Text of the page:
The dissipative devices of known type comprise a member, generally made of steel, anchored to two elements of the structure and intended to be deformed first in the elastic range and then in the plastic range, reducing the movements and thus the stresses of the structure to which they are applied. Among the requirements made of these devices, of particular importance is the so-called dissipative efficiency. This efficiency is increased by reducing as much as possible the elastic deformation of the deformable member in favor of the plastic deformation of the same; this is done since the elastic deformation does not dissipate energy and is therefore not useful for the purposes of the protection of the structure in the event of strong seismic shocks.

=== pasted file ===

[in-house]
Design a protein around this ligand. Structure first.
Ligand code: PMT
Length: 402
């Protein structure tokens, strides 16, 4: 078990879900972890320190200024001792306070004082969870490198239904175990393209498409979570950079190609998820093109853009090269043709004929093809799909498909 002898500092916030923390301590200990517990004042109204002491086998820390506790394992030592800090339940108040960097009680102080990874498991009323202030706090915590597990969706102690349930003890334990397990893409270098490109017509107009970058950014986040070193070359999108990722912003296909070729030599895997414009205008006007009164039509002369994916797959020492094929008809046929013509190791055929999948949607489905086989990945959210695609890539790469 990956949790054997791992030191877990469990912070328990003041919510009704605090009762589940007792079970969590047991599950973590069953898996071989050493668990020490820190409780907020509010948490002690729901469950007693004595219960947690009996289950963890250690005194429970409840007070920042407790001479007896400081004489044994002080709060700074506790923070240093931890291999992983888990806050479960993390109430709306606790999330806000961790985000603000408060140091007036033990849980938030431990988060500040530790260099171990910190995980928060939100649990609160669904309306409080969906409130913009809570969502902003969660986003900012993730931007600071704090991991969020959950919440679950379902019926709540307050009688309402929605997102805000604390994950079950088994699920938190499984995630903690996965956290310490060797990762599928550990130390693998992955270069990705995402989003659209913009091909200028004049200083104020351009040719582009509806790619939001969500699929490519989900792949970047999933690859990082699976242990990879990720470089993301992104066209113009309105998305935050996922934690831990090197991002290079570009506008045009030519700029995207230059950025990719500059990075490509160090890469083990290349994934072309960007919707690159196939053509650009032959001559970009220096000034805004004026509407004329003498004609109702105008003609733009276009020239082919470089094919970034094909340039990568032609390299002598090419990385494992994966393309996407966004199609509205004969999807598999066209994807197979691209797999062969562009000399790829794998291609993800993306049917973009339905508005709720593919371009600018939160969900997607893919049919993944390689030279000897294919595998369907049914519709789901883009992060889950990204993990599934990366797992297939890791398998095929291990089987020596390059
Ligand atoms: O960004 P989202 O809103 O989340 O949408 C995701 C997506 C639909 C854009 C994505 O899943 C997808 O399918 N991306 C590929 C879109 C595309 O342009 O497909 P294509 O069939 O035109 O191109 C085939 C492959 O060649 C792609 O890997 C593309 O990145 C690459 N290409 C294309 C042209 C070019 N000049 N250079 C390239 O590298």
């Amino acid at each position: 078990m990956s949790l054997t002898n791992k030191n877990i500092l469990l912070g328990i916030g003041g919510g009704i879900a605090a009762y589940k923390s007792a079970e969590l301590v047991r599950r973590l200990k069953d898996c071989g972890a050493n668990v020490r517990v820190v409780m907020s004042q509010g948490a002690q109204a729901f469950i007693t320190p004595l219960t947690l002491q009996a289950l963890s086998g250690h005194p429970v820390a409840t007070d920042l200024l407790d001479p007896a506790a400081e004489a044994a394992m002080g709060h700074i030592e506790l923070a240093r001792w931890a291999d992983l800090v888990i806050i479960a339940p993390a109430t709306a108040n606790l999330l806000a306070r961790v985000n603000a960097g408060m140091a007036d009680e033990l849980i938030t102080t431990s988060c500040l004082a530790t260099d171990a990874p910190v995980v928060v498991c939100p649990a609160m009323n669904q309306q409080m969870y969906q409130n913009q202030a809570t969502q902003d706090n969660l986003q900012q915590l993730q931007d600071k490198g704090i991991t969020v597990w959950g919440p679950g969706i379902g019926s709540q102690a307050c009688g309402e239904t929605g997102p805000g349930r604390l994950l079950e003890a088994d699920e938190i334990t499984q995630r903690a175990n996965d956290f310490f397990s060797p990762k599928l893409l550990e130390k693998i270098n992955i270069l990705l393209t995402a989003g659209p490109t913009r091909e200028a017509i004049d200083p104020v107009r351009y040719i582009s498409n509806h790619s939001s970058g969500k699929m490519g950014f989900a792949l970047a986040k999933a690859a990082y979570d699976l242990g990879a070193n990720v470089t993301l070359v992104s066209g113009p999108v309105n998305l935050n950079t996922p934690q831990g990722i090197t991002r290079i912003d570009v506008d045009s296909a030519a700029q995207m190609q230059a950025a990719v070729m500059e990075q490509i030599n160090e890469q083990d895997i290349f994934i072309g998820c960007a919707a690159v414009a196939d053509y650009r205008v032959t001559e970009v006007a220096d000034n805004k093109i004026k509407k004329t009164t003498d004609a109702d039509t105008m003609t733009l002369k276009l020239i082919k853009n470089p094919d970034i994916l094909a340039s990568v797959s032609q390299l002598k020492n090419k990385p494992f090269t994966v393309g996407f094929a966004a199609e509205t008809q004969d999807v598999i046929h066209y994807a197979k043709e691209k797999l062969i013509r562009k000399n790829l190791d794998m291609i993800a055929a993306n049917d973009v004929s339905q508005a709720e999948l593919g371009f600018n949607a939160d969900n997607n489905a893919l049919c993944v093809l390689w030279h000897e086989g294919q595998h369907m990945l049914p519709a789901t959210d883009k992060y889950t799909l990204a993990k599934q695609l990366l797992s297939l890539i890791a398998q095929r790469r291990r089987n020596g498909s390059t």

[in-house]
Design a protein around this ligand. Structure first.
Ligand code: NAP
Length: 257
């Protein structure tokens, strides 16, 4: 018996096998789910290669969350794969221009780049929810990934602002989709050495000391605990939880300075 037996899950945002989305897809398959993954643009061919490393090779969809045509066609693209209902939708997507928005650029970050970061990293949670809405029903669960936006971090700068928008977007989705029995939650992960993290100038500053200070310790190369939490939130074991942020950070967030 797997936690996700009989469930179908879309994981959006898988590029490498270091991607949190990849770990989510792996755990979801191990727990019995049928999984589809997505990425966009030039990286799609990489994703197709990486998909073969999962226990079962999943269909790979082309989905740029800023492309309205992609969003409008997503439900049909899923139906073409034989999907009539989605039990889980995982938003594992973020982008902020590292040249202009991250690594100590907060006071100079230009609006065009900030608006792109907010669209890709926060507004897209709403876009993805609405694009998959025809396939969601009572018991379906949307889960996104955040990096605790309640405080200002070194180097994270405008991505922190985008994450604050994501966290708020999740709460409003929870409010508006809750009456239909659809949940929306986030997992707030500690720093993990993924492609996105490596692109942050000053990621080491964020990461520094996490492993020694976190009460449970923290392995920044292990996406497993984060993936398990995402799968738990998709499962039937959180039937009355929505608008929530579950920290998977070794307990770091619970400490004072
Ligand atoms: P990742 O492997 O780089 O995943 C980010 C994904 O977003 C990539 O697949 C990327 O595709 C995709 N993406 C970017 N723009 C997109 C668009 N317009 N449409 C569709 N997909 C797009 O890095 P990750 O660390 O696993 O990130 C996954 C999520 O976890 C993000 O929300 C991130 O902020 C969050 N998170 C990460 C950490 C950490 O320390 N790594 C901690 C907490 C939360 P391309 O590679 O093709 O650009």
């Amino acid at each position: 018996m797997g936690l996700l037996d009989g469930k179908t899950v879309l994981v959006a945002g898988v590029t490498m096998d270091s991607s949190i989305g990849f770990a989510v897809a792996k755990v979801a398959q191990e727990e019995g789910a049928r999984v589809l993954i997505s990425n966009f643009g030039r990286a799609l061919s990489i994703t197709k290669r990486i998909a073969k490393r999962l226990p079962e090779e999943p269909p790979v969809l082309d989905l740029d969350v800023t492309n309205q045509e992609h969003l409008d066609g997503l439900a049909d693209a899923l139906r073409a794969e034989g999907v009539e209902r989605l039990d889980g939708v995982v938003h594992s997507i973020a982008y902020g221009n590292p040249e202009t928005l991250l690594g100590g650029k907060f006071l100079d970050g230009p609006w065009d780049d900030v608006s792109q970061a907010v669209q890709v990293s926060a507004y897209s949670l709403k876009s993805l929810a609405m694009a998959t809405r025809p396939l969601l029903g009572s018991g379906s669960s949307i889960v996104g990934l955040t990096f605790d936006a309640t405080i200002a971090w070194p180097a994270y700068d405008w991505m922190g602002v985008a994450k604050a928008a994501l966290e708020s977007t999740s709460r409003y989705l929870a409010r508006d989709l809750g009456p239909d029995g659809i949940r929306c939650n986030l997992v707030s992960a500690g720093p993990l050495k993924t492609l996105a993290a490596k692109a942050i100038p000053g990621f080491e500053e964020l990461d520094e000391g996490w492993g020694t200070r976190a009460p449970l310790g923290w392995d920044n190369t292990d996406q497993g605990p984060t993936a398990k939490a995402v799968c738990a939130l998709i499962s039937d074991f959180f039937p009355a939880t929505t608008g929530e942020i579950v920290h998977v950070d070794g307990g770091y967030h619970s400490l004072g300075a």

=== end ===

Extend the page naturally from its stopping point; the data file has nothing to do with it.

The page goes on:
The normal dissipative devices have a dissipative efficiency around 60-70%. Other dissipative elements exist, which use lead masses which are deformed by drawing and which allow higher efficiency. However, these devices have proven unreliable and difficult to maintain.
The subject of the invention is a dissipative device of the abovementioned type which makes it possible to obtain a high dissipative efficiency, simple maintenance and particularly safe and accurate dimensioning.